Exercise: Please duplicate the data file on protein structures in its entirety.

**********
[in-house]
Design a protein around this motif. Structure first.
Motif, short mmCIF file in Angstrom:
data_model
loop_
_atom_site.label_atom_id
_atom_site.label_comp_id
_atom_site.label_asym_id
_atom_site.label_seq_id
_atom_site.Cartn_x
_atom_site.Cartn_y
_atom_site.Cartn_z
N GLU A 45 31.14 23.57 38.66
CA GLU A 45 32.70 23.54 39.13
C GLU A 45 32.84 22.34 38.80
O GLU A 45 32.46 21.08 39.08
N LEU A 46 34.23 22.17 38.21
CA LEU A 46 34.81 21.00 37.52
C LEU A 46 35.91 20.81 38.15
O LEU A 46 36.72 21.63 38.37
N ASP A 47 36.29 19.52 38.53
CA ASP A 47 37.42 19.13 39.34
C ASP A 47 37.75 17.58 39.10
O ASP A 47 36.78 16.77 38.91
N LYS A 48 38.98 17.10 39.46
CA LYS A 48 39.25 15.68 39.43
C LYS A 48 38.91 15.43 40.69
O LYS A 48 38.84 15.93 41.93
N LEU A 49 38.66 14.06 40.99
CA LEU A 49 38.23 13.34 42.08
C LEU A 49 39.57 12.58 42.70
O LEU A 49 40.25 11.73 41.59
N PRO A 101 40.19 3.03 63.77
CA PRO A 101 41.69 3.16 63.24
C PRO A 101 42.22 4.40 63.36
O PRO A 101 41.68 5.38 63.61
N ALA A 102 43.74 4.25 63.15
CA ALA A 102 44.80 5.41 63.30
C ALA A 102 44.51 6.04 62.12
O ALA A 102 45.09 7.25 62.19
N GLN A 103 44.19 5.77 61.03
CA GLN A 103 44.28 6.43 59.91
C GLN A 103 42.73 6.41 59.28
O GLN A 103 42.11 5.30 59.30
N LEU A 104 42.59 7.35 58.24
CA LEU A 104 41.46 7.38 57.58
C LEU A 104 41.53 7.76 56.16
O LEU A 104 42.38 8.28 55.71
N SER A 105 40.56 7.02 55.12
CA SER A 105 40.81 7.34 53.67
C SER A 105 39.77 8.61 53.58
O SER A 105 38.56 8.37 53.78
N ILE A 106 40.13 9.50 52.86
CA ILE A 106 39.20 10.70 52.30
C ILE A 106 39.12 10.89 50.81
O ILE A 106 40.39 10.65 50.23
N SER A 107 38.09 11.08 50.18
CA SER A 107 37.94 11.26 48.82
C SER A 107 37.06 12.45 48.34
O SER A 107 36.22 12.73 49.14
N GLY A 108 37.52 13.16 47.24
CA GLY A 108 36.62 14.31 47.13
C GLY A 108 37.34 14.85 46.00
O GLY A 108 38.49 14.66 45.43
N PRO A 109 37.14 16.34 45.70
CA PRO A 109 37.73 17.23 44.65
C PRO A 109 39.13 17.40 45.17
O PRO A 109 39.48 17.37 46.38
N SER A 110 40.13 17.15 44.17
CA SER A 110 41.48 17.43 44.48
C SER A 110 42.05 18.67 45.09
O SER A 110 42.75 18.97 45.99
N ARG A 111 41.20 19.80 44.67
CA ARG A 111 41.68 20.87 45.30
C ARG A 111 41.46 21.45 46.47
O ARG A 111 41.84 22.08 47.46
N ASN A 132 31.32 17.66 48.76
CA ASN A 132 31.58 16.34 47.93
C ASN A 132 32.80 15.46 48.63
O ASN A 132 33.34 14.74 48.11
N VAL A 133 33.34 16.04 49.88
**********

[in-house]
Design a protein around this motif. Structure first.
Motif, short mmCIF file in Angstrom:
data_model
loop_
_atom_site.label_atom_id
_atom_site.label_comp_id
_atom_site.label_asym_id
_atom_site.label_seq_id
_atom_site.Cartn_x
_atom_site.Cartn_y
_atom_site.Cartn_z
N GLU A 45 31.14 23.57 38.66
CA GLU A 45 32.70 23.54 39.13
C GLU A 45 32.84 22.34 38.80
O GLU A 45 32.46 21.08 39.08
N LEU A 46 34.23 22.17 38.21
CA LEU A 46 34.81 21.00 37.52
C LEU A 46 35.91 20.81 38.15
O LEU A 46 36.72 21.63 38.37
N ASP A 47 36.29 19.52 38.53
CA ASP A 47 37.42 19.13 39.34
C ASP A 47 37.75 17.58 39.10
O ASP A 47 36.78 16.77 38.91
N LYS A 48 38.98 17.10 39.46
CA LYS A 48 39.25 15.68 39.43
C LYS A 48 38.91 15.43 40.69
O LYS A 48 38.84 15.93 41.93
N LEU A 49 38.66 14.06 40.99
CA LEU A 49 38.23 13.34 42.08
C LEU A 49 39.57 12.58 42.70
O LEU A 49 40.25 11.73 41.59
N PRO A 101 40.19 3.03 63.77
CA PRO A 101 41.69 3.16 63.24
C PRO A 101 42.22 4.40 63.36
O PRO A 101 41.68 5.38 63.61
N ALA A 102 43.74 4.25 63.15
CA ALA A 102 44.80 5.41 63.30
C ALA A 102 44.51 6.04 62.12
O ALA A 102 45.09 7.25 62.19
N GLN A 103 44.19 5.77 61.03
CA GLN A 103 44.28 6.43 59.91
C GLN A 103 42.73 6.41 59.28
O GLN A 103 42.11 5.30 59.30
N LEU A 104 42.59 7.35 58.24
CA LEU A 104 41.46 7.38 57.58
C LEU A 104 41.53 7.76 56.16
O LEU A 104 42.38 8.28 55.71
N SER A 105 40.56 7.02 55.12
CA SER A 105 40.81 7.34 53.67
C SER A 105 39.77 8.61 53.58
O SER A 105 38.56 8.37 53.78
N ILE A 106 40.13 9.50 52.86
CA ILE A 106 39.20 10.70 52.30
C ILE A 106 39.12 10.89 50.81
O ILE A 106 40.39 10.65 50.23
N SER A 107 38.09 11.08 50.18
CA SER A 107 37.94 11.26 48.82
C SER A 107 37.06 12.45 48.34
O SER A 107 36.22 12.73 49.14
N GLY A 108 37.52 13.16 47.24
CA GLY A 108 36.62 14.31 47.13
C GLY A 108 37.34 14.85 46.00
O GLY A 108 38.49 14.66 45.43
N PRO A 109 37.14 16.34 45.70
CA PRO A 109 37.73 17.23 44.65
C PRO A 109 39.13 17.40 45.17
O PRO A 109 39.48 17.37 46.38
N SER A 110 40.13 17.15 44.17
CA SER A 110 41.48 17.43 44.48
C SER A 110 42.05 18.67 45.09
O SER A 110 42.75 18.97 45.99
N ARG A 111 41.20 19.80 44.67
CA ARG A 111 41.68 20.87 45.30
C ARG A 111 41.46 21.45 46.47
O ARG A 111 41.84 22.08 47.46
N ASN A 132 31.32 17.66 48.76
CA ASN A 132 31.58 16.34 47.93
C ASN A 132 32.80 15.46 48.63
O ASN A 132 33.34 14.74 48.11
N VAL A 133 33.34 16.04 49.88